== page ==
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Specific metabolism related to sulfonamide tolerance and uptake in wetland plants

Tai, Yiping, Fung-Yee Tam, Nora, Ruan, Weifeng, Yang, Yufen, Yang, Yang, Tao, Ran, Zhang, Jingfan
Chemosphere 2019 v.227 pp. 496-504
Canna indica, Iris pseudacorus, antibiotics, hydroponics, metabolism, metabolites, methylation, oxidation, phytoremediation, plant tissues, sulfapyridine, water treatment, wetland plants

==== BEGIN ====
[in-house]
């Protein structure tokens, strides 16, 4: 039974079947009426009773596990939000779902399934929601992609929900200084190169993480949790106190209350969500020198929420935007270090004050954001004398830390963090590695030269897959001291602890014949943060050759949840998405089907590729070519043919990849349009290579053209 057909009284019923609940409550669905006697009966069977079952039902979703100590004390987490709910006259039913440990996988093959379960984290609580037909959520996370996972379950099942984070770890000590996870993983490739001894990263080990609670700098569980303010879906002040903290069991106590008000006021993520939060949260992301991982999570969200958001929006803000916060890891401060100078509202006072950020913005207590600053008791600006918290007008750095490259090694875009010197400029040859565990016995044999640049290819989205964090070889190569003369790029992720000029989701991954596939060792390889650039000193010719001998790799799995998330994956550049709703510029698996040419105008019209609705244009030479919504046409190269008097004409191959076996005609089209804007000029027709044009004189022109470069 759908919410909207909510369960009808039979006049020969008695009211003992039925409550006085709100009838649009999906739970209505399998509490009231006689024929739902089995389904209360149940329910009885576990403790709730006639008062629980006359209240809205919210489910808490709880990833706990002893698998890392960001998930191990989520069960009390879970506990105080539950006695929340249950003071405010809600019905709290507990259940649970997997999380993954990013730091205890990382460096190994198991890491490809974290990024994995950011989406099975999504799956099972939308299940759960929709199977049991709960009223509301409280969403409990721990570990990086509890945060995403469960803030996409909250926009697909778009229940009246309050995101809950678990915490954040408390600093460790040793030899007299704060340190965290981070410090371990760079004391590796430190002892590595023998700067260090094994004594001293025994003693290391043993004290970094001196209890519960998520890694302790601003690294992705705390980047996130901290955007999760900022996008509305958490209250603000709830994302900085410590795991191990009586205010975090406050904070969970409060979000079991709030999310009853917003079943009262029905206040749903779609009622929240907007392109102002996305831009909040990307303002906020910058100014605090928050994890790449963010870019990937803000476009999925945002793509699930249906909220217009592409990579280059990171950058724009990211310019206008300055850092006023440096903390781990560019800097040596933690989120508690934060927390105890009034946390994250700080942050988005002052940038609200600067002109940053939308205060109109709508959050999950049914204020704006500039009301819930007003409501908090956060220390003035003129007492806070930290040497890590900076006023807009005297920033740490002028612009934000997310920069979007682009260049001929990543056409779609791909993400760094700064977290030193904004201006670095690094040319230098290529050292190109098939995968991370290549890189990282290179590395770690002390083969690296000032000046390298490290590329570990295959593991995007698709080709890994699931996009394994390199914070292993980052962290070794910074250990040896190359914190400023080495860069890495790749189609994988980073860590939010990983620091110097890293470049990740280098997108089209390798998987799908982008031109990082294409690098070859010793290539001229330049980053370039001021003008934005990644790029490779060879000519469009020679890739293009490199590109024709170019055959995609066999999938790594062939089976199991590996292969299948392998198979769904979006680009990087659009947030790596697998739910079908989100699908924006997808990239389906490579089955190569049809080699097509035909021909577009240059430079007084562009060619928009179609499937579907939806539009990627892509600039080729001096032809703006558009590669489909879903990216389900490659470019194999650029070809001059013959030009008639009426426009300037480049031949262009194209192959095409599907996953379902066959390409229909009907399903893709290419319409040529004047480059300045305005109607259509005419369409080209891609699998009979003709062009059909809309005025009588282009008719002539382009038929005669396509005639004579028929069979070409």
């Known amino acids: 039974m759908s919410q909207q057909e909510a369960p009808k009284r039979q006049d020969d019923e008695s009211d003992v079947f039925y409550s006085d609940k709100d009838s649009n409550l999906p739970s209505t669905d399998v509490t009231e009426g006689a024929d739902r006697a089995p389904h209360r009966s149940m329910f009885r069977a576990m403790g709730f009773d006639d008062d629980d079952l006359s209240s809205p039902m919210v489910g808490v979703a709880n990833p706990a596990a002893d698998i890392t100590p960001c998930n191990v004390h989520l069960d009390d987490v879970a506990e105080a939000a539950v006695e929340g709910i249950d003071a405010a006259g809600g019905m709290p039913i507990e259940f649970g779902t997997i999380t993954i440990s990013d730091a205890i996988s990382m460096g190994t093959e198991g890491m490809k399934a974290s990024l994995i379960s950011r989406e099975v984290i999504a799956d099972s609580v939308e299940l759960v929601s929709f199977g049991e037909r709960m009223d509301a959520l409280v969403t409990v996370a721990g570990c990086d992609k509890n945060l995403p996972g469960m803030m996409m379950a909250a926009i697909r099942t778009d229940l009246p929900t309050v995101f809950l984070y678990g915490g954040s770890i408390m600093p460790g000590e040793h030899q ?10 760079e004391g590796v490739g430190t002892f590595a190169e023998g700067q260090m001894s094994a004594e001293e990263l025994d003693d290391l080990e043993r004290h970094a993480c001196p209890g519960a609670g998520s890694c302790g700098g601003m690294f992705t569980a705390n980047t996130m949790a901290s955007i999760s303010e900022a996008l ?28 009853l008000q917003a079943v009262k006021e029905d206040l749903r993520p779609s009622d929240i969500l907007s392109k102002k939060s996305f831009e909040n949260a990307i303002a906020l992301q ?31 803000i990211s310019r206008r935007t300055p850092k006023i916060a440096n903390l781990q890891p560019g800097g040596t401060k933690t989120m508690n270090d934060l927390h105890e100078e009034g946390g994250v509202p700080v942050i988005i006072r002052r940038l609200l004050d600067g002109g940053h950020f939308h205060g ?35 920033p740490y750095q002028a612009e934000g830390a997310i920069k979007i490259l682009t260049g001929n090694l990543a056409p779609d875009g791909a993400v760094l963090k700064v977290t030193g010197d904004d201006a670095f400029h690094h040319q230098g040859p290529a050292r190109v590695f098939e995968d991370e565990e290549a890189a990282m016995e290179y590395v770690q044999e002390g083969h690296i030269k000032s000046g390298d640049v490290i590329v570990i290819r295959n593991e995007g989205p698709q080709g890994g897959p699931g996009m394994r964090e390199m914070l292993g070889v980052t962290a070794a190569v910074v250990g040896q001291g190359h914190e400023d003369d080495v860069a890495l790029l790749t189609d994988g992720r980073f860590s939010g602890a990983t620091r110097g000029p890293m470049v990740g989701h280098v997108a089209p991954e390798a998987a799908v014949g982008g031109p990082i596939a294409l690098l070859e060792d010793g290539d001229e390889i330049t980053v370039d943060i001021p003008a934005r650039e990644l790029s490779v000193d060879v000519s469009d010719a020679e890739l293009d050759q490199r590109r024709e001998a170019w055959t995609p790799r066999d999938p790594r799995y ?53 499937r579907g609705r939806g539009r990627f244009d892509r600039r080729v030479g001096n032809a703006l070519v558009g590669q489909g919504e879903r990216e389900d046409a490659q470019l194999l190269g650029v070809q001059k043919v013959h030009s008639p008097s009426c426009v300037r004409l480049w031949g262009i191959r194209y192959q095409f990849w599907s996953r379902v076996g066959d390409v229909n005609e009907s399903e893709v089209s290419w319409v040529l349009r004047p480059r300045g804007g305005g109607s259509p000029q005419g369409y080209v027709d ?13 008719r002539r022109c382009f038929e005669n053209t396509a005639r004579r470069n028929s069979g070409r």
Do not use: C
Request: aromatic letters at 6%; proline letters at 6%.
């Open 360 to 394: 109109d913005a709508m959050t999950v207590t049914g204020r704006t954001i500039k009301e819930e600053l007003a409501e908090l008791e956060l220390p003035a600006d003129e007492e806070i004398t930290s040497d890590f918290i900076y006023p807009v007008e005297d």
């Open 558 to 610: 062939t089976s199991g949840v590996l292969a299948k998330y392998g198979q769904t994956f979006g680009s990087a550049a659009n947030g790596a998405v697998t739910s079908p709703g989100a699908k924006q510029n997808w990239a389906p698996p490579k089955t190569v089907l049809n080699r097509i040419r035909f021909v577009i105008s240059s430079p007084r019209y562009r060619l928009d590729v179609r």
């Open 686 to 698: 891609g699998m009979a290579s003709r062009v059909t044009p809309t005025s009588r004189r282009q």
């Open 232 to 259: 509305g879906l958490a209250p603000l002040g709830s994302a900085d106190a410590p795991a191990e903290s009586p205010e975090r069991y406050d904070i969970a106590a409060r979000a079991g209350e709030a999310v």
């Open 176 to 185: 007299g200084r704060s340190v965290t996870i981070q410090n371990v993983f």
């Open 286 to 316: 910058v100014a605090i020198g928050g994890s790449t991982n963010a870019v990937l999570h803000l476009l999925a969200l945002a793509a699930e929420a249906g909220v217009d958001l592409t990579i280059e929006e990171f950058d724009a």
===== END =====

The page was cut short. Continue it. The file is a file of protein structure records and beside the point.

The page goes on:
Wetland plants are proven to perform well in water treatment. However, the phytoremediation capability of wetland plants for antibiotics, especially the uptake and metabolism involved in vivo, is poorly understood. In this study, we investigated the removal, uptake, and specific metabolism by Canna indica and Iris pseudacorus of five sulfonamides (SAs) using hydroponic experiments for seven days. The removal of SAs ranged from 15.2% to 98.4% in the planted groups, whereas that in the unplanted control group was much lower (12.6%–39.9%). The accumulation of SAs in plants was in a concentration-dependent manner via an active process and is not a major removal mechanism (constituted 0.31%–3.62% of the total removal load in plant system). The results also showed differences in the removal and accumulation by plant species of SAs. The acetyl conjugates (N-acetyl SA) were formed, which significantly enhanced the uptake of SAs (P < 0.001) except sulfapyridine. The concentrations of N-acetyl SA accounted for only 0.4%–23.8% of the total SAs distribution in plants, suggesting the involvement of other metabolism pathways. Methylation and oxidation metabolites were identified in plant tissues and no SA-induced growth stress occurred, revealing that antibiotic metabolism in vivo should be associated with the ability of wetland plants to accumulate antibiotic and tolerate antibiotic stress.